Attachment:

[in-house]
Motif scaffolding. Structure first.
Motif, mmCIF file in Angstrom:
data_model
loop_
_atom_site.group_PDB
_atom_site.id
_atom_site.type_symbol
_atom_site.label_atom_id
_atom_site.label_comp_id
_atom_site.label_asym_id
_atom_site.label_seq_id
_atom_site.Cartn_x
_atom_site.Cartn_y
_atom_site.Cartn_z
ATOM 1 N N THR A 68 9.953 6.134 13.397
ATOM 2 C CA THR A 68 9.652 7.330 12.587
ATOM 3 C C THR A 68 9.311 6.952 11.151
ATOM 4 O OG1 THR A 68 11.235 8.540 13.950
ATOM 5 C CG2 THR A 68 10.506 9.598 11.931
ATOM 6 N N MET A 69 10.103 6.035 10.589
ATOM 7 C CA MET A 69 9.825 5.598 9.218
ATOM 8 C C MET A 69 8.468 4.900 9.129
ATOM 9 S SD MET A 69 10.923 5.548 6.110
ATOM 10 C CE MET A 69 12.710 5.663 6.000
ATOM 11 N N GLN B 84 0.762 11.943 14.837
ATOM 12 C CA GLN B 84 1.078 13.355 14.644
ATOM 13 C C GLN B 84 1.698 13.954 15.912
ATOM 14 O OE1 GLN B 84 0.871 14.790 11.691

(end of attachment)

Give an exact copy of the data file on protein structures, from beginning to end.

[in-house]
Motif scaffolding. Structure first.
Motif, mmCIF file in Angstrom:
data_model
loop_
_atom_site.group_PDB
_atom_site.id
_atom_site.type_symbol
_atom_site.label_atom_id
_atom_site.label_comp_id
_atom_site.label_asym_id
_atom_site.label_seq_id
_atom_site.Cartn_x
_atom_site.Cartn_y
_atom_site.Cartn_z
ATOM 1 N N THR A 68 9.953 6.134 13.397
ATOM 2 C CA THR A 68 9.652 7.330 12.587
ATOM 3 C C THR A 68 9.311 6.952 11.151
ATOM 4 O OG1 THR A 68 11.235 8.540 13.950
ATOM 5 C CG2 THR A 68 10.506 9.598 11.931
ATOM 6 N N MET A 69 10.103 6.035 10.589
ATOM 7 C CA MET A 69 9.825 5.598 9.218
ATOM 8 C C MET A 69 8.468 4.900 9.129
ATOM 9 S SD MET A 69 10.923 5.548 6.110
ATOM 10 C CE MET A 69 12.710 5.663 6.000
ATOM 11 N N GLN B 84 0.762 11.943 14.837
ATOM 12 C CA GLN B 84 1.078 13.355 14.644
ATOM 13 C C GLN B 84 1.698 13.954 15.912
ATOM 14 O OE1 GLN B 84 0.871 14.790 11.691